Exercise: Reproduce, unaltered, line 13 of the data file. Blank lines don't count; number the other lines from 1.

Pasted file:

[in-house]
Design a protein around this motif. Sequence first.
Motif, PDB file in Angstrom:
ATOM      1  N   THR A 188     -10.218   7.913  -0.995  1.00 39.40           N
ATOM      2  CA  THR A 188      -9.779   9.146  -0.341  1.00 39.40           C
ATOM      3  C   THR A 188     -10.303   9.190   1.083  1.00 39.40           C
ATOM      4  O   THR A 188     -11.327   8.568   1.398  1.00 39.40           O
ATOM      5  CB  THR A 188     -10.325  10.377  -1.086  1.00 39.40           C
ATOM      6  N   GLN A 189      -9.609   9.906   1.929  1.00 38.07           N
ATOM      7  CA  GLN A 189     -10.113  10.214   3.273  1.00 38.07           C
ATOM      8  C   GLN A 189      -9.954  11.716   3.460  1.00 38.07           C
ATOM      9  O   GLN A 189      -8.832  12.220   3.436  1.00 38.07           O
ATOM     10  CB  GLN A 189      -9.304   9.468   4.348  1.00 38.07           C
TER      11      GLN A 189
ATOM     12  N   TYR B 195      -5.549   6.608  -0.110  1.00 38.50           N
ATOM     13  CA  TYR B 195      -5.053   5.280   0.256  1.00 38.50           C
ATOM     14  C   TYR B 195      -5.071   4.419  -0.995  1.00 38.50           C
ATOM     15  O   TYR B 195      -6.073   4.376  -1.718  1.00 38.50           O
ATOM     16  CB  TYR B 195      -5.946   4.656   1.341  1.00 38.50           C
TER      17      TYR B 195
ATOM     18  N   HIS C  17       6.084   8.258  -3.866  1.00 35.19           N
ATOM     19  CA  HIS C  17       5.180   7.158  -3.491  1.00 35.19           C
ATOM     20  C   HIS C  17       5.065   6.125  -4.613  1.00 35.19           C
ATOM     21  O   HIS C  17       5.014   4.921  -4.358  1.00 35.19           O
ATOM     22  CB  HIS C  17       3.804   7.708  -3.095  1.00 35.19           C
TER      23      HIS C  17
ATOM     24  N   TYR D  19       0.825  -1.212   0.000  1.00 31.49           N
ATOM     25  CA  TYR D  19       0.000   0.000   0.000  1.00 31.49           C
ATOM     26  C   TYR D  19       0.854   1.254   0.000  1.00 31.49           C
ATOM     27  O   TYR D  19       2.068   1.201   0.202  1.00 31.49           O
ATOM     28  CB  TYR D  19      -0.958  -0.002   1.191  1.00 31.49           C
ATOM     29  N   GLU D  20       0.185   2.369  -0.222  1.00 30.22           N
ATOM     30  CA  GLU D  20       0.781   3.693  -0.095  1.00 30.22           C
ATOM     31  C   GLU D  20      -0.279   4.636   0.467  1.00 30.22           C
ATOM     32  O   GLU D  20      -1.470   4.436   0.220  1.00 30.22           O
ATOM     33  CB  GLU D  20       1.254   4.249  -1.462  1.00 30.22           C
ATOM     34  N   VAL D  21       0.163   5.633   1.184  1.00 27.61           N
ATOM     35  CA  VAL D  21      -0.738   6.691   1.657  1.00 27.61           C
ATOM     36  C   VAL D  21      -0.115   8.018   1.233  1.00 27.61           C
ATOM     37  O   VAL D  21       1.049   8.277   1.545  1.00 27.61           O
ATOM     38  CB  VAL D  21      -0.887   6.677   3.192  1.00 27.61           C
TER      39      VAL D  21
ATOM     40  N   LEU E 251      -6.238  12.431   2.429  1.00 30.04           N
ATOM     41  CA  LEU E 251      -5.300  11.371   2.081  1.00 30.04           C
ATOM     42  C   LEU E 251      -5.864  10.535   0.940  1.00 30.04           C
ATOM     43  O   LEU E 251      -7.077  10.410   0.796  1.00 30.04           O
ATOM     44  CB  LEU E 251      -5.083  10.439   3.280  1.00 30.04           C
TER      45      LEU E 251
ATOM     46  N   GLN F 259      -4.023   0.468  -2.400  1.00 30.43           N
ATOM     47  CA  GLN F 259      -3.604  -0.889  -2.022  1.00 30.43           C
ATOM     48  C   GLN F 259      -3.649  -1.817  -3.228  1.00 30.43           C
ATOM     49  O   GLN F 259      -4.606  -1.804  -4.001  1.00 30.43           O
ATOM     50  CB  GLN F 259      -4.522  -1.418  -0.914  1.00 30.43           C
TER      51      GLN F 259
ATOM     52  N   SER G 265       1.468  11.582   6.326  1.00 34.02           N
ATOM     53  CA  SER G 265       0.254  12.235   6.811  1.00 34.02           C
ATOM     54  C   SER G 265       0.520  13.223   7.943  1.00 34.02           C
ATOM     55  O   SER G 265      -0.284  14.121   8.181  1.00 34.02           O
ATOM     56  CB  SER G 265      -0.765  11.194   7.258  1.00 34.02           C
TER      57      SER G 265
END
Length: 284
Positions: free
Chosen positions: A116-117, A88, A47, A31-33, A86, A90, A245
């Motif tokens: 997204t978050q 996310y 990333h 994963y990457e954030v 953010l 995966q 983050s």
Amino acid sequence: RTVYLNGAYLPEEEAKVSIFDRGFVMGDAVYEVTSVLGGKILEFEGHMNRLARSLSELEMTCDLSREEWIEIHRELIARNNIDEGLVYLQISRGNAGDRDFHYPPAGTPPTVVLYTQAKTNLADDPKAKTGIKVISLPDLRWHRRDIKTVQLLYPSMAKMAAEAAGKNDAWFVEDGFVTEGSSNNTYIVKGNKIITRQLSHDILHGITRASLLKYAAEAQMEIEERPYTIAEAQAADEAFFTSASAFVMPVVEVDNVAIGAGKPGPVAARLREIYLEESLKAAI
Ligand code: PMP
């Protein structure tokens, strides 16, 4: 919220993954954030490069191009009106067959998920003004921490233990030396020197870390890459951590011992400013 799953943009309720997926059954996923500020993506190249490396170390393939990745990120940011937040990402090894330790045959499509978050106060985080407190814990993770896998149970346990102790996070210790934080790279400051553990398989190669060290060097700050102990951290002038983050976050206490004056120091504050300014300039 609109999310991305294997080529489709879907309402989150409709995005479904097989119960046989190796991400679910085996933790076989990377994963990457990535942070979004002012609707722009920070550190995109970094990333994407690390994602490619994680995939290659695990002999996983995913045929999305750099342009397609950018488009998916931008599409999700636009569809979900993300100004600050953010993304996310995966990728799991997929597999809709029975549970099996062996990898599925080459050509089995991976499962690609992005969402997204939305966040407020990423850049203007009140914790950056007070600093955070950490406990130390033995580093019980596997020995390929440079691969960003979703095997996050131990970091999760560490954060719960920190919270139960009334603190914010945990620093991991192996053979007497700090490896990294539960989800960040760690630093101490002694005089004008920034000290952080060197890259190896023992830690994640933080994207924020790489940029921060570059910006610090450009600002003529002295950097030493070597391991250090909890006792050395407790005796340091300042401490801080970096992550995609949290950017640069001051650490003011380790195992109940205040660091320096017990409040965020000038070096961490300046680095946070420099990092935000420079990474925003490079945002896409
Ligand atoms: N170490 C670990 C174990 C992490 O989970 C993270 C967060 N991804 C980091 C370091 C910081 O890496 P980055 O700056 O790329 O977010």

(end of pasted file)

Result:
ATOM     10  CB  GLN A 189      -9.304   9.468   4.348  1.00 38.07           C